The pressure to calculate content marketing ROI can make any marketer sweat. Maybe you feel uncomfortable discussing it, or you’re not totally sure what all the metrics and key performance indicators even mean. You’re a pro storyteller, but can you weave a tale about the results of your stories? One backed by data?

But there’s no reason to be scared. When you understand the strategic purpose of each campaign and have clear metrics for measuring success upfront, you can confidently calculate and communicate content marketing ROI.

Because believe me, the value is real. Intelligent, well-structured content marketing campaigns and assets can drive millions of dollars in the pipeline. “A technical white paper that I wrote had $59 million of closed-won attribution to it,” says Estee Woods, vice president of marketing at Retina AI.

Wondering how she even knew that her work had that kind of impact? Learn how to measure content marketing ROI — and report on it — to get buy-in for your next content marketing campaign.

Choose the Right Content Marketing Metrics

There’s no shortage of options for measuring the ROI of content – web traffic, social engagement, lead generation, deals won by source – but no single metric is enough, nor will the numbers be the same for every sales and marketing team. 

Start this process by accepting that you will have to develop your own approach to measuring value. “I don’t think there’s any magic attribution model for content marketing,” says Mike Goldberg, global director of content marketing at the CFA Institute, sums up the challenge: “Tying it back to pure ROI has always been difficult.” 

For example, engagement statistics are easy enough to report on, but they will rarely be enough to drive a full program, calculate a return on investment – or less ever get you a raise as a content marketer.

Aim to develop a dashboard of three metrics that correlate with your organization’s sales priorities.

  • Brand awareness and engagement. These are leading indicators of growth. What engagement stat has historically shown the greatest correlation with future revenue? If your organization’s martech and sales tech stack aren’t robust enough to tell you that, organic search traffic on your top 10 keywords or downloads of gated assets are good places to start. 
  • Lead generation. This one can get messy depending on how your organization defines leads (more on that later). However, in the most conservative sense, you could ask how many people who engaged with a piece of content went on to request a demo or call with a salesperson within 7 days.
  • Sales Enablement. At this point, you’re the closest you’ll ever get to tying your work to revenue, but it’s also likely to be the hardest number to get your hands on. What is the total value of closed-won deals with accounts who engaged with your content at any point in the buyer journey? You can’t take credit for all of that, of course, but you can start to detect patterns and learn from them for future deals.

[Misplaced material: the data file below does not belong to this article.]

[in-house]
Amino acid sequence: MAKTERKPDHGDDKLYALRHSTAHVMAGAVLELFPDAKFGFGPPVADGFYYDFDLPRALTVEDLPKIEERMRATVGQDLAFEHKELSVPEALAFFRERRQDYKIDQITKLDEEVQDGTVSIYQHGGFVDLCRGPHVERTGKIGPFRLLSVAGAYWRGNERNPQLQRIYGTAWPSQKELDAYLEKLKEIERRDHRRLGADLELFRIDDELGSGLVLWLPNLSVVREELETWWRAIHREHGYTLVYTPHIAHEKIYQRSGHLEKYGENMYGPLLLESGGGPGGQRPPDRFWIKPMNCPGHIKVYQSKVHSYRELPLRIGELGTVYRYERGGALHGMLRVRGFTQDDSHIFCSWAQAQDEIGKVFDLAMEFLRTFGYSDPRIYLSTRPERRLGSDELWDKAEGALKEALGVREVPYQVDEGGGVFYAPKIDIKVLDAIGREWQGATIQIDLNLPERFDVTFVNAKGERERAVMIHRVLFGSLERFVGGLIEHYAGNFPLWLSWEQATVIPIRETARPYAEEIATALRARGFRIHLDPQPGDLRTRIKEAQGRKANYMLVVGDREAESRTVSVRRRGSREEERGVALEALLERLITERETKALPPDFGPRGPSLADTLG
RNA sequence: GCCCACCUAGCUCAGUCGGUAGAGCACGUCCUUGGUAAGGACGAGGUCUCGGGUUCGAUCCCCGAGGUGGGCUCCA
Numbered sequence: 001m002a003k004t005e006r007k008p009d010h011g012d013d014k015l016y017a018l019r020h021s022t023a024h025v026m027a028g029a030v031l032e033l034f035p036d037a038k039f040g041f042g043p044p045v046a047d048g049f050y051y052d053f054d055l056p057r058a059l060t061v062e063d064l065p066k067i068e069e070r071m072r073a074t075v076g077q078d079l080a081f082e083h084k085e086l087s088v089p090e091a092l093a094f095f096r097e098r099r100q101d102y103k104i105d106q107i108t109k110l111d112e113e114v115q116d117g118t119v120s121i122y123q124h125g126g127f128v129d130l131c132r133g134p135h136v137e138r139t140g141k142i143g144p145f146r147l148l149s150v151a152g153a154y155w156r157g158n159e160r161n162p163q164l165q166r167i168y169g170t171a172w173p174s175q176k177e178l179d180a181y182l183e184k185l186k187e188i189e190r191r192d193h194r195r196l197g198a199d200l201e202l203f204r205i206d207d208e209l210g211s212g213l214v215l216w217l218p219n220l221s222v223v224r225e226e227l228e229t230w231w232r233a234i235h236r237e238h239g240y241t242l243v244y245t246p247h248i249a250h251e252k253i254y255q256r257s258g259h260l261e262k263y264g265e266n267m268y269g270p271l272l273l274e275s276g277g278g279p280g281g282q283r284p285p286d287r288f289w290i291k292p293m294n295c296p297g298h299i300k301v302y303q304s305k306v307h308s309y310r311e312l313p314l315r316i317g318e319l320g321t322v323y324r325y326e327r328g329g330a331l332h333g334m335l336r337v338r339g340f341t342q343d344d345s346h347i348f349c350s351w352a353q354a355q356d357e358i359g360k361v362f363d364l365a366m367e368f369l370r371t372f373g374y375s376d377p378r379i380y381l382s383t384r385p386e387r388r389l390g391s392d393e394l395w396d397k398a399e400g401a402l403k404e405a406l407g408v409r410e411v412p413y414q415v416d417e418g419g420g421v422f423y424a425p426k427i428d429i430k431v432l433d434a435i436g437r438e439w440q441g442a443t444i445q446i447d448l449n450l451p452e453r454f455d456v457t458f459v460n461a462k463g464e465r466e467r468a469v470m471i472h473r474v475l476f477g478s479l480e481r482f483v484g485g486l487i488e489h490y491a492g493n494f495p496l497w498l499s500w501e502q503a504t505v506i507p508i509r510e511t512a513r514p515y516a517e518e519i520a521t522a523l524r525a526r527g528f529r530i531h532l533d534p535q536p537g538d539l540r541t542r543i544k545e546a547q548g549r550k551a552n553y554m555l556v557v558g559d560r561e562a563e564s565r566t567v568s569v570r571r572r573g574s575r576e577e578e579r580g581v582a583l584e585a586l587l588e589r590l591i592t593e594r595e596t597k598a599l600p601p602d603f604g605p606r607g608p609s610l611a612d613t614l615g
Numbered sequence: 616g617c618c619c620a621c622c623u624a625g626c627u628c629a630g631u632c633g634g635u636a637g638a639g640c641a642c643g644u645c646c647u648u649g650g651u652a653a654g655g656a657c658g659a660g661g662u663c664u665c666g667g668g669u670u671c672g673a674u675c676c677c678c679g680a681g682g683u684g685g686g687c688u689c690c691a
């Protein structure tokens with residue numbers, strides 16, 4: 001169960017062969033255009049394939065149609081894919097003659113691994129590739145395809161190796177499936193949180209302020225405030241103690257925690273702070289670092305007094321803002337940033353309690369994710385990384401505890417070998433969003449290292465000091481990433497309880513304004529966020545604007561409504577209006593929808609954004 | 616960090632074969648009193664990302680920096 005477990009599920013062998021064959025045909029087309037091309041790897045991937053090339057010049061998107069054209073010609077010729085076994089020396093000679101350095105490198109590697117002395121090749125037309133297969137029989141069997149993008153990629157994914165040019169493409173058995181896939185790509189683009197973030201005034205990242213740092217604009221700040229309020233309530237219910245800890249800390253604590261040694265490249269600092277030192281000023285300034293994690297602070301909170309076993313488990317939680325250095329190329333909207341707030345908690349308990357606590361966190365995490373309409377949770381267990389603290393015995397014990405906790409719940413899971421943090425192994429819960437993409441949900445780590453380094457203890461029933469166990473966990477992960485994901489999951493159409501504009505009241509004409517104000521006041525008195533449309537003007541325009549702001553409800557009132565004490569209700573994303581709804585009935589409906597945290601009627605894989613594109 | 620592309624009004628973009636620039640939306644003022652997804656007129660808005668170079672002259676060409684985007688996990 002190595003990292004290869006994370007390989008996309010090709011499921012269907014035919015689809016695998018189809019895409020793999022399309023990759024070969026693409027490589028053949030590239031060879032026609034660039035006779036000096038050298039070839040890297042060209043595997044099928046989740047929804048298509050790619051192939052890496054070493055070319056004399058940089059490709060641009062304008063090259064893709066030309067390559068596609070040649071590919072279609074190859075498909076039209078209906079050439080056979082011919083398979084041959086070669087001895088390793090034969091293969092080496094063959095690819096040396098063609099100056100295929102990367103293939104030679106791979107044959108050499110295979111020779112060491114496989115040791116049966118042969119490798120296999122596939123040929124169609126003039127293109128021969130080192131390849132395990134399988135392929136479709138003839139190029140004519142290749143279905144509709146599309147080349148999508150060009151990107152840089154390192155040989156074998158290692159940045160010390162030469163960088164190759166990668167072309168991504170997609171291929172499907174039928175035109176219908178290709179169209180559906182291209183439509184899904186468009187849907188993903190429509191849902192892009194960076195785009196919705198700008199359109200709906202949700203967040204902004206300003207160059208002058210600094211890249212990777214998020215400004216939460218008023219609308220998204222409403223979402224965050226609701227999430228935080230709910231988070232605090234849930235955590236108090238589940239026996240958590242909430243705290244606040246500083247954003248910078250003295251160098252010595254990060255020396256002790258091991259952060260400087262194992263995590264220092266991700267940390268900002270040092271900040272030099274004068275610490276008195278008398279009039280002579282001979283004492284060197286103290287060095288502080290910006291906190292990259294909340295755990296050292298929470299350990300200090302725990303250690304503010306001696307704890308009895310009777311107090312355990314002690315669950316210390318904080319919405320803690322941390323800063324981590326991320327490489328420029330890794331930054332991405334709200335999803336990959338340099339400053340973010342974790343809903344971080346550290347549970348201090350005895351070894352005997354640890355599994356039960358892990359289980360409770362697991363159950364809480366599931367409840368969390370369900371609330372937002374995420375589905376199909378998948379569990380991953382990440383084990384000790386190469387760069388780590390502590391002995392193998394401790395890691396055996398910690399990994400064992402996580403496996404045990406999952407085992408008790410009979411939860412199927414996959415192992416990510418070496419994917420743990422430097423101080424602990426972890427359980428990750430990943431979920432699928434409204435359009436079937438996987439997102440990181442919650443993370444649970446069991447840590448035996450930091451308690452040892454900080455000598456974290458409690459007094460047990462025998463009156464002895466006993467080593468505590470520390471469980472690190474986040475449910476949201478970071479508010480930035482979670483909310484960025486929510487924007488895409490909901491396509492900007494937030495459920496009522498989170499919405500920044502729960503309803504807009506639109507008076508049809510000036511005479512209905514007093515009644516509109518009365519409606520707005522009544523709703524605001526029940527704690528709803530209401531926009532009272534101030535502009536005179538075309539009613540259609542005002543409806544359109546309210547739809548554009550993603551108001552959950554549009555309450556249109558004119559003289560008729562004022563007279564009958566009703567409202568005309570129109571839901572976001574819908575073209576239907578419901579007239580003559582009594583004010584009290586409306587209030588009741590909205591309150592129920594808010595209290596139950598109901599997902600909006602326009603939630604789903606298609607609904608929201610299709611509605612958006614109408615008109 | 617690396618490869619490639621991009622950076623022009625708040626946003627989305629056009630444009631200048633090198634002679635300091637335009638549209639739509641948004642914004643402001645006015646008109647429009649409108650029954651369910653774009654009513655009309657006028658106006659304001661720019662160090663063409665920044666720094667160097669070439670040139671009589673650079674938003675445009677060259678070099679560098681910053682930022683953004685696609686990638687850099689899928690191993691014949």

If someone is intrigued by these high-level metrics, be ready to dig in with additional supporting data. 

Also, be aware that differing attribution models can cause friction between marketing and sales. If your company uses single-touch attribution, then first-interaction attribution will give complete credit to the first touch point (often a piece of content), while last-interaction attribution will give full credit to the final touch point (usually a sales rep).

Realistically, attribution is likely to be shared. Work with your sales team to determine the right attribution model for more accurate reporting — and be open to exploring technology solutions that help you make the case for content. “A lot of companies are launching content intelligence tools to dig deeper into that,” Goldberg says. 

Connect Content Strategy to Business Strategy

To make your content marketing more strategic, your program needs to align with the businesses’ overall strategic objectives. 

Instead of starting with an idea for a white paper or report, ask yourself: What’s the most urgent business problem we’re trying to solve right now?

They generally fall into a handful of categories, when it comes to areas where content marketing can contribute:

  • Building brand awareness with a modest budget. Campaigns get more traction when you say something interesting.
  • Generating qualified leads. Targeted content brings the right people in the door and saves the sales team’s time filtering through junk.
  • Closing deals faster. Better educated buyers are ready to close faster.
  • Retaining and growing accounts. Content campaigns can expand and deepen relationships with the customers you already have, giving you a chance to demonstrate value outside of the contract renewal cycle.
  • Recruiting and retaining talent. Your employer brand is critical in the Great Resignation.  

Get your hands on your company’s most recent strategic plan – or at the very least, your marketing and sales team’s part of it. Connect your content campaign directly to priorities in that plan, and be ready to show how it will support the big picture.

“There’s always a question of whether content is being used in a strategic manner or not,” says Albert Qian, senior content marketing manager, HCM at Oracle. “Come to the table with a clear content marketing strategy that identifies how that content will work up and down the top, middle and bottom of the funnel.” 

Tell the story of how each piece of content or campaign can drive leads, revenue or whichever metric adds most value to the conversation. “It comes back to being able to tie the investment in content to a result that they actually care about,” says Josh Gallant, senior lead, content strategy, at Foundation Marketing